Sukkah of Faith

Oct 12, 2022

לְמַעַן יֵדְעוּ דֹרֹתֵיכֶם כִּי בַסֻּכּוֹת הוֹשַׁבְתִּי אֶת־בְּנֵי יִשְׂרָאֵל בְּהוֹצִיאִי אוֹתָם מֵאֶרֶץ מִצְרָיִם אֲנִי יְהֹוָה אֱלֹהֵיכֶם׃

in order that future generations may know that I made B'nei Yisrael live in booths when I brought them out of the land of Egypt, I Hashem your God.

l'-MA-an yay-d'-U do-ro-tay-KHEM KEE va-su-KOT ho-SHAV-tee et b'-NAY yis-ra-AYL b'-ho-tzee-EE o-TAM may-E-retz mitz-RA-yim a-NEE a-do-NAI e-lo-hay-KHEM

Leviticus 23:43

By Chaim Barzel

The Biblical commandment to build and sit in a sukkah (temporary dwelling) during the festival of Sukkot (Feast of Tabernacles) is very beloved by the People of Israel.

I recently read a story about a Jewish family in Berlin in 1938 who risked their lives to fulfill this commandment.

Two weeks before the infamous Kristallnacht pogrom, anti-Semitism was running high in Germany. A religious family desperately wanted to build a sukkah, but they knew it meant certain danger and possible death if they were caught.

The father of the family calculated that he could build a sukkah on their balcony that would likely go unnoticed, but only at the minimum height – 40 inches high. He built it, and the family was then able to fulfill their obligation to eat meals in the sukkah, squeezed together and sitting on the floor.

If the SS had discovered them, it would have been their last Sukkot on earth.

Why would Jews risk their lives to just to build a sukkah? What is the meaning behind this command?

The reason the Torah gives for the command to build a sukkah is to remember the huts in which the Israelites dwelled in the desert:

in order that future generations may know that I made B’nei Yisrael (Children of Israel) live in booths when I brought them out of the land of Egypt, I Hashem your God. (Leviticus 23:43)

According to the Sages, the booths in this verse is really a reference to the Clouds of Glory that accompanied the Children of Israel on their journey through the desert. God used them to lead and protect His people during their 40 years of wandering.

The Clouds of Glory protected the People of Israel from all six directions. The clouds on all four sides protected them from their enemies. The cloud above shaded them from the blazing sun, and the one below smoothed the ground and kept snakes and scorpions away.

These Clouds were a gift from God. 

Not only did these clouds lead and protect the Jewish people, but they taught them that God is in charge. In Egypt, they got lost in the physicality of the world, but out in the desert they reconnected with reality.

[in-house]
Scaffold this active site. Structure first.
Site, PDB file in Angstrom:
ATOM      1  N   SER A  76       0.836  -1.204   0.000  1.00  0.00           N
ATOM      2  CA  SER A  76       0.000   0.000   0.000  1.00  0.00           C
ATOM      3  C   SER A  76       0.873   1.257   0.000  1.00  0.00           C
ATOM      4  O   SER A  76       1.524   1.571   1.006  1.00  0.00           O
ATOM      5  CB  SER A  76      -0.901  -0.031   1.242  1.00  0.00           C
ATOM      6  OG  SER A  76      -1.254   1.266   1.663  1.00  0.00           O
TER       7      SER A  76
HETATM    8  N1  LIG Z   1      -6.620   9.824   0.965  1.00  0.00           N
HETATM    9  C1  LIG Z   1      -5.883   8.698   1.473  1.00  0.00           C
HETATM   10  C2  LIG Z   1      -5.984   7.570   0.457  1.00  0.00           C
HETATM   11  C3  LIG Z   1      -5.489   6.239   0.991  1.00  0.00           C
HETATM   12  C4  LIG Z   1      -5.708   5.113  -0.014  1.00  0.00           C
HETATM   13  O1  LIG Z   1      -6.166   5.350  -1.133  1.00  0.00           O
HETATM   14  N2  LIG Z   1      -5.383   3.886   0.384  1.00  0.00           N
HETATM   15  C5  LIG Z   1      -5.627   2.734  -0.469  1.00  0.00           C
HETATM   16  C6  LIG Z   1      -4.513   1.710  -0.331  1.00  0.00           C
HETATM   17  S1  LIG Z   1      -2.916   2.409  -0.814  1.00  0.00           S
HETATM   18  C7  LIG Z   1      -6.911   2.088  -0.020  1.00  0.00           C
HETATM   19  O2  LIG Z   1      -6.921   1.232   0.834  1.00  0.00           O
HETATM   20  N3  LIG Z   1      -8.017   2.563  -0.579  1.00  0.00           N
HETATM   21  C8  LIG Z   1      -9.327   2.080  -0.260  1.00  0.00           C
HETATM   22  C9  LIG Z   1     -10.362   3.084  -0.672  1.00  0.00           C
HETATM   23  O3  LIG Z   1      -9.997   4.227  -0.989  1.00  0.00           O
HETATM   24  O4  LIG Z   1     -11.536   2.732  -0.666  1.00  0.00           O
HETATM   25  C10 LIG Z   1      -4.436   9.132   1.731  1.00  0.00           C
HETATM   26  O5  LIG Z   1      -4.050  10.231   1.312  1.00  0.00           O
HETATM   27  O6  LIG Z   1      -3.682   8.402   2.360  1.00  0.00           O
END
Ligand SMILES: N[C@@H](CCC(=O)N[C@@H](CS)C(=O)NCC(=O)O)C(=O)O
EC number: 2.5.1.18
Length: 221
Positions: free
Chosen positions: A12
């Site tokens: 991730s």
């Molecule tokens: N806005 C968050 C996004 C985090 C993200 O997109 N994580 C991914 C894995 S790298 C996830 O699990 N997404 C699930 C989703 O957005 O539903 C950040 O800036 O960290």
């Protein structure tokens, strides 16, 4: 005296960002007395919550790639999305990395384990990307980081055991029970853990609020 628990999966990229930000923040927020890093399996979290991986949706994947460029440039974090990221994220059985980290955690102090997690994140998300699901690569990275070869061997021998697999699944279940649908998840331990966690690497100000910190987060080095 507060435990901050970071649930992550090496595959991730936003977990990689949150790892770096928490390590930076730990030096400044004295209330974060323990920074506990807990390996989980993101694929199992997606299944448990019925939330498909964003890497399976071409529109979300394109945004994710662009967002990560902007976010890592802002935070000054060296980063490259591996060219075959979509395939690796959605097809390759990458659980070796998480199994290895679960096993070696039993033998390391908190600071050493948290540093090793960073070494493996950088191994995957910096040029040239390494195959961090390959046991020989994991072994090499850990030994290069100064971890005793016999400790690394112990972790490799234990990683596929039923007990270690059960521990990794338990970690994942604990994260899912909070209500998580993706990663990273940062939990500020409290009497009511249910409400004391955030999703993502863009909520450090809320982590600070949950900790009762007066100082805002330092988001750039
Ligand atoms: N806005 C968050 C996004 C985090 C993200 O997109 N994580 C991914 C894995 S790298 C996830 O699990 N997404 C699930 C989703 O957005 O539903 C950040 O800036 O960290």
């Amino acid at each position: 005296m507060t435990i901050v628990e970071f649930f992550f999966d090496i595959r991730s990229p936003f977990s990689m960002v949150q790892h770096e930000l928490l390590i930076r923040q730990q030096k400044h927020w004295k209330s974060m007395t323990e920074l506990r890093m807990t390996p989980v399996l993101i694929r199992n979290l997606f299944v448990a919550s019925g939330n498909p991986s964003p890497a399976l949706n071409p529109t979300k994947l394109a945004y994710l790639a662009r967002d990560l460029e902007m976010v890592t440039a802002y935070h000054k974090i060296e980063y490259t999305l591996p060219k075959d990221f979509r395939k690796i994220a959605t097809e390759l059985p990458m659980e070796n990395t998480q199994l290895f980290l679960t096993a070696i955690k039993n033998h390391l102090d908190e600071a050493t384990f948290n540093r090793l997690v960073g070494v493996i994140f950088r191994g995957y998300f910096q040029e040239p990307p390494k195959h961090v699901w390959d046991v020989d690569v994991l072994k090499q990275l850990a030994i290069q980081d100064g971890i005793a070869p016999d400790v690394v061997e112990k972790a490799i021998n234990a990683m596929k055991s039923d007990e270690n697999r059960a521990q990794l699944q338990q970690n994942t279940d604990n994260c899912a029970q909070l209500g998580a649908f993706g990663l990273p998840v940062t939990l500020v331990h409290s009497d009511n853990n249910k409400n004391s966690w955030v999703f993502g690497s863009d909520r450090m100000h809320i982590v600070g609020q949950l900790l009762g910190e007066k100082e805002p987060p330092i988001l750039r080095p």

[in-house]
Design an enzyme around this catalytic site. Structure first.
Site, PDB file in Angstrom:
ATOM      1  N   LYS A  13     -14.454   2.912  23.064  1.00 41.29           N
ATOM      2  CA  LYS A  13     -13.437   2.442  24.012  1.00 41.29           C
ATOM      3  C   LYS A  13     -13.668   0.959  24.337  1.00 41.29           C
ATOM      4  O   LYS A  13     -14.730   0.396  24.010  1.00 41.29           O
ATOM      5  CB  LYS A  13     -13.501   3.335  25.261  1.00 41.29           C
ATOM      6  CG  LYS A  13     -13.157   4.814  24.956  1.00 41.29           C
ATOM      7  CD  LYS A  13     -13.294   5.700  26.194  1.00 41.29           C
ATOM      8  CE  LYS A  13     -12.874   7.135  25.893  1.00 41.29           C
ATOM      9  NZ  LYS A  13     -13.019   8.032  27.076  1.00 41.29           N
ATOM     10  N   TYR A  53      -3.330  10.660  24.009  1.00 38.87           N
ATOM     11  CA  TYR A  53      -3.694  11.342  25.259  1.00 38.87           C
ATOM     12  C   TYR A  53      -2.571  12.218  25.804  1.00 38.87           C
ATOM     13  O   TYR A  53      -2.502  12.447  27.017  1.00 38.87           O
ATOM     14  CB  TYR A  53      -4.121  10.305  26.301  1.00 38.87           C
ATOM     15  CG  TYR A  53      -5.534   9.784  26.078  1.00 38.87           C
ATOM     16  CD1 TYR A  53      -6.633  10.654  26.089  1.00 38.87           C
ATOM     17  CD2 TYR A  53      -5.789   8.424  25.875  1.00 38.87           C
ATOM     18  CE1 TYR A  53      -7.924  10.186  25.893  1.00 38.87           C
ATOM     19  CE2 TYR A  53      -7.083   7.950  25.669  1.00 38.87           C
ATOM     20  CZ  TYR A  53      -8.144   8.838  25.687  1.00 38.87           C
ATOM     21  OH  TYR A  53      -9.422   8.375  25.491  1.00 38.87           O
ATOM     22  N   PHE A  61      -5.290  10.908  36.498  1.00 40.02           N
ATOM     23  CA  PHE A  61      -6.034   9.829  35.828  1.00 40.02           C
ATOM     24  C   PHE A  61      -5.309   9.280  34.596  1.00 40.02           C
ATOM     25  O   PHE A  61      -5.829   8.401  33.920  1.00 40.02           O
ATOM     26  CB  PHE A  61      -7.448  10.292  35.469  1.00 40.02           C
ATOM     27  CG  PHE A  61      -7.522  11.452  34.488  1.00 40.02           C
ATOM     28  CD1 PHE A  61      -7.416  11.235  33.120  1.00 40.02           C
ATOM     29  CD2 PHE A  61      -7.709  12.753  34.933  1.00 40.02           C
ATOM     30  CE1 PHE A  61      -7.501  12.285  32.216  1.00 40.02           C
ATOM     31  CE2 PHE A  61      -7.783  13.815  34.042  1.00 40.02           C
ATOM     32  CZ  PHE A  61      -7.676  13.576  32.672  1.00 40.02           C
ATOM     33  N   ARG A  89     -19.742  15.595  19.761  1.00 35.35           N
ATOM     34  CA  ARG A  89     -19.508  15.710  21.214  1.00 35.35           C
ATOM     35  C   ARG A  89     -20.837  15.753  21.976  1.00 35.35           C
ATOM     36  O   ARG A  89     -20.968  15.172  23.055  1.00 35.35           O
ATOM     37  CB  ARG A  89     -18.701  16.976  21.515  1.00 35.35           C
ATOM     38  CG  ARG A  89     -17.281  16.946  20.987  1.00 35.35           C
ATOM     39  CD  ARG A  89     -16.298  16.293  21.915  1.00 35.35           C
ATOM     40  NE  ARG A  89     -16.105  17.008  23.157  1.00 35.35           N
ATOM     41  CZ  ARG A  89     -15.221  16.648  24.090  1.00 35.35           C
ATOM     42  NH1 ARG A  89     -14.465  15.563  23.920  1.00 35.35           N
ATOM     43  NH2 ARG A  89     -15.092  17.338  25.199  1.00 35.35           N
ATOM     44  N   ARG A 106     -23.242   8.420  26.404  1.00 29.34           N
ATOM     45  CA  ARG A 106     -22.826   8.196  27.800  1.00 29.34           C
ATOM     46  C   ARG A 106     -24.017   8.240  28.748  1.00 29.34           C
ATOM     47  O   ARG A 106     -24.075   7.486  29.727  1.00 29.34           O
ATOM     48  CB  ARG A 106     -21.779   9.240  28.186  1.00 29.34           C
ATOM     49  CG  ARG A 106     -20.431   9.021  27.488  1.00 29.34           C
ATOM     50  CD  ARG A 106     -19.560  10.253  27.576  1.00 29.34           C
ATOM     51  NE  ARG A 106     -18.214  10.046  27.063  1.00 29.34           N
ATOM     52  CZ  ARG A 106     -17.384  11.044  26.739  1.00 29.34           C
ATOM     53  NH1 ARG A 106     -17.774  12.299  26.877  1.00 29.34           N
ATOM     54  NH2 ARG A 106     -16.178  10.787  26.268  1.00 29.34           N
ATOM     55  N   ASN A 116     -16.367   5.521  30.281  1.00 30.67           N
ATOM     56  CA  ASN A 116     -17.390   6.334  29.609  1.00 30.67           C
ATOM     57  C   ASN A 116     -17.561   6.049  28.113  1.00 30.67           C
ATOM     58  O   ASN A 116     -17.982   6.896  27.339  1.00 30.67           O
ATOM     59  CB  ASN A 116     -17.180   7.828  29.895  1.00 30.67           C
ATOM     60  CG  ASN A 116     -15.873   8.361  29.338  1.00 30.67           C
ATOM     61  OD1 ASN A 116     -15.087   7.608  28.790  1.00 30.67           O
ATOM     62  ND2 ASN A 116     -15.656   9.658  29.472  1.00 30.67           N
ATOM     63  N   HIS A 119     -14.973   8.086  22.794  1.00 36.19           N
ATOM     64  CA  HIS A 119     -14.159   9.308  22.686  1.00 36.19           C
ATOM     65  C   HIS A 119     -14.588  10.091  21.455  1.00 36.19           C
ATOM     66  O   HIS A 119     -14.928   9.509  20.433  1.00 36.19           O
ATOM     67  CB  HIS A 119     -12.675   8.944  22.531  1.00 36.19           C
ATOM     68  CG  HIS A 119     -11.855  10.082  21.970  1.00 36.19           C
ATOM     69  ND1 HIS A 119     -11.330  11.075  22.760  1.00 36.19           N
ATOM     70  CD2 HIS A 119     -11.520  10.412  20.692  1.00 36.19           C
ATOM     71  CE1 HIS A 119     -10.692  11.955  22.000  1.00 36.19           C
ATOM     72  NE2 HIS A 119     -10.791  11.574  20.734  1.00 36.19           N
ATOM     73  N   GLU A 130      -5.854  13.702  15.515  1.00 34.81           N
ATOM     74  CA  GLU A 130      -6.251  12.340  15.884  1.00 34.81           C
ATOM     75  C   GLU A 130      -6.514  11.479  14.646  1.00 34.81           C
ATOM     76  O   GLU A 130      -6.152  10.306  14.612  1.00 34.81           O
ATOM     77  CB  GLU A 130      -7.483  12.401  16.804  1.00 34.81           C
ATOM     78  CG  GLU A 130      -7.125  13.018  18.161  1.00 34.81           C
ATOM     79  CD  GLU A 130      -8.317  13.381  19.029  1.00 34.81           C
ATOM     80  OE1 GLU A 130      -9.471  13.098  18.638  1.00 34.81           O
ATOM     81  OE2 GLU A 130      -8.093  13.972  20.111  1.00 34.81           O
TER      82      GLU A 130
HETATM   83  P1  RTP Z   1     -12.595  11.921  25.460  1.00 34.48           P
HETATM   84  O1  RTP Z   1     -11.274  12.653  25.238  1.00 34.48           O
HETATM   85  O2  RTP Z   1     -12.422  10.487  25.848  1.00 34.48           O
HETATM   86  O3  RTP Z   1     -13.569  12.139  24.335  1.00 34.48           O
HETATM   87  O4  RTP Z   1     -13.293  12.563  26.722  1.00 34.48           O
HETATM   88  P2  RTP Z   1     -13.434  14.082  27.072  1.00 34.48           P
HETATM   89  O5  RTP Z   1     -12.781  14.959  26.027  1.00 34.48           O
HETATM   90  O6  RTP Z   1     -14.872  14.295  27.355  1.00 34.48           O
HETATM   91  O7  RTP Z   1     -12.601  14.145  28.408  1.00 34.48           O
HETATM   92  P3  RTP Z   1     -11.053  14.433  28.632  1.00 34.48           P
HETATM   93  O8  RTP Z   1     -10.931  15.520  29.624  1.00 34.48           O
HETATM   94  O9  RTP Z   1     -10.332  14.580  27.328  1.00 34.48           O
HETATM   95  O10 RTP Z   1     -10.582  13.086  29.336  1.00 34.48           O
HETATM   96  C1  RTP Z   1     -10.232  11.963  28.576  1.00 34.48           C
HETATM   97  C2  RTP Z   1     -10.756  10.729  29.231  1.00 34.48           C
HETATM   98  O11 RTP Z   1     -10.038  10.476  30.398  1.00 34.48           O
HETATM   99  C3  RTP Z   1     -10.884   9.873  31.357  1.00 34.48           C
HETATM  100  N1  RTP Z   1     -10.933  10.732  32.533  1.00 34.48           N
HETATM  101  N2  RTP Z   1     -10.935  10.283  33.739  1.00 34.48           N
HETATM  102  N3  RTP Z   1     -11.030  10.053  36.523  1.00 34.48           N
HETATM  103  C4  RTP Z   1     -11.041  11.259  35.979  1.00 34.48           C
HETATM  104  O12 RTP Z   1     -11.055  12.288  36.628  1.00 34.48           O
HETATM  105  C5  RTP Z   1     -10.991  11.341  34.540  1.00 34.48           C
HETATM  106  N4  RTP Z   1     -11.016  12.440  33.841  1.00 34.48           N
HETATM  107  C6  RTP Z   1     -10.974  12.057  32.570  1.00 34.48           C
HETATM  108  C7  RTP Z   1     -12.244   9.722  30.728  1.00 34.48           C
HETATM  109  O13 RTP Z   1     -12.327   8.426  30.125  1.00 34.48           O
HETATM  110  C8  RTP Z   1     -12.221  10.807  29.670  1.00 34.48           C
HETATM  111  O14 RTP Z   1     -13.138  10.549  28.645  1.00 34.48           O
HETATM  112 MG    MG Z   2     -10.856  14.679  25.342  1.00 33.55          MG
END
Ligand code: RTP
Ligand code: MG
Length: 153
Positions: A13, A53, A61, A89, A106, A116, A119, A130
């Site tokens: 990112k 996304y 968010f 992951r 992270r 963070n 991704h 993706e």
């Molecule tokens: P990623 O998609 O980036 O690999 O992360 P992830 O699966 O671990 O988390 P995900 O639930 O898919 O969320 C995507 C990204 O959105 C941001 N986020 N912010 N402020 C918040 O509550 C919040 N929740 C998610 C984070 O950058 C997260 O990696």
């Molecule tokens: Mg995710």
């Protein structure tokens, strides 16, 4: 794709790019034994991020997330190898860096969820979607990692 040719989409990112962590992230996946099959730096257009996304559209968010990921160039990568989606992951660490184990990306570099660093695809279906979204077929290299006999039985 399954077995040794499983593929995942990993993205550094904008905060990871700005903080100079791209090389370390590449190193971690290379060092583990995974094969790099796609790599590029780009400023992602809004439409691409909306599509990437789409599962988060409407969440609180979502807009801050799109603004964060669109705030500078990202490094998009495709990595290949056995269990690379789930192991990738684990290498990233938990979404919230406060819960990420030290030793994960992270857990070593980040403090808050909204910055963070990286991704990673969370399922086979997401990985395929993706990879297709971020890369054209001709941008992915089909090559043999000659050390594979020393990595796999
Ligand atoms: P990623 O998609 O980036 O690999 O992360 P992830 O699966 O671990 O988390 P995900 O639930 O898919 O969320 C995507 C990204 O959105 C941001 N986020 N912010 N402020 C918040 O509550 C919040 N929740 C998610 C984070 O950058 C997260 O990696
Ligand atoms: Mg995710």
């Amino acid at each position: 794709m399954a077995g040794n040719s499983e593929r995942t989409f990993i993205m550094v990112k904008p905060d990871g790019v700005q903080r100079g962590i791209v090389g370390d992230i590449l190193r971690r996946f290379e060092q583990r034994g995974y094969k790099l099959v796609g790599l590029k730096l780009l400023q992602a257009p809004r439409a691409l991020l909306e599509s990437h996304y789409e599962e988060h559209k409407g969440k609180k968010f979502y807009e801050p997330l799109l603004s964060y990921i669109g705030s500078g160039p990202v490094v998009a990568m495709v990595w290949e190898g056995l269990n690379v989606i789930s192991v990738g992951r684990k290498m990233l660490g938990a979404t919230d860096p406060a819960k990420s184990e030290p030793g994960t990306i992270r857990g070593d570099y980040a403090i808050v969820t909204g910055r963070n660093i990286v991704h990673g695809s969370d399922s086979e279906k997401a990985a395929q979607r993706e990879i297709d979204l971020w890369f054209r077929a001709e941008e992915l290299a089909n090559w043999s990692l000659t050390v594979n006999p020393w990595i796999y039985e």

In God’s world, we don’t need stone walls to protect us. Clouds – concentrated water vapor – were the substance of our protection. To a non-spiritual person, that’s not protection! To a believer, water vapor and stone walls are one and the same. Their is no difference between water vapor and stone in God’s eyes.

Today, when we leave our sturdy homes and sit in our sukkah, we are re-experiencing the Clouds of Glory. The sukkah surrounds us on six sides. It has four flimsy walls, a floor, and a ceiling made of palm fronds. If it’s hot outside, we’re hot. If it’s freezing, we freeze. And if it rains, we get wet!

We are out in nature which we have no control over. And that’s the point – we’re not in control, God is. Recognizing that reality is what we call faith.

The Sukkot festival helps us experience the reality that God runs the world. It renews our faith in Him. 

Faith in God is the only true stability in this world. 

After seven days of living in the sukkah we internalize that reality. Then, when we leave the sukkah for the last time, we bring that high level of faith with us back into our homes and carry it with us for the rest of the year.

The sukkah helps us heal the scared and helpless parts of ourselves. It reminds us that just like God has always held us, He will always hold us. We just need to remember that God’s Clouds of Glory actually surround us all the time.

Thank you, God, for the miracles and for bringing us to this day.

Happy Sukkot!

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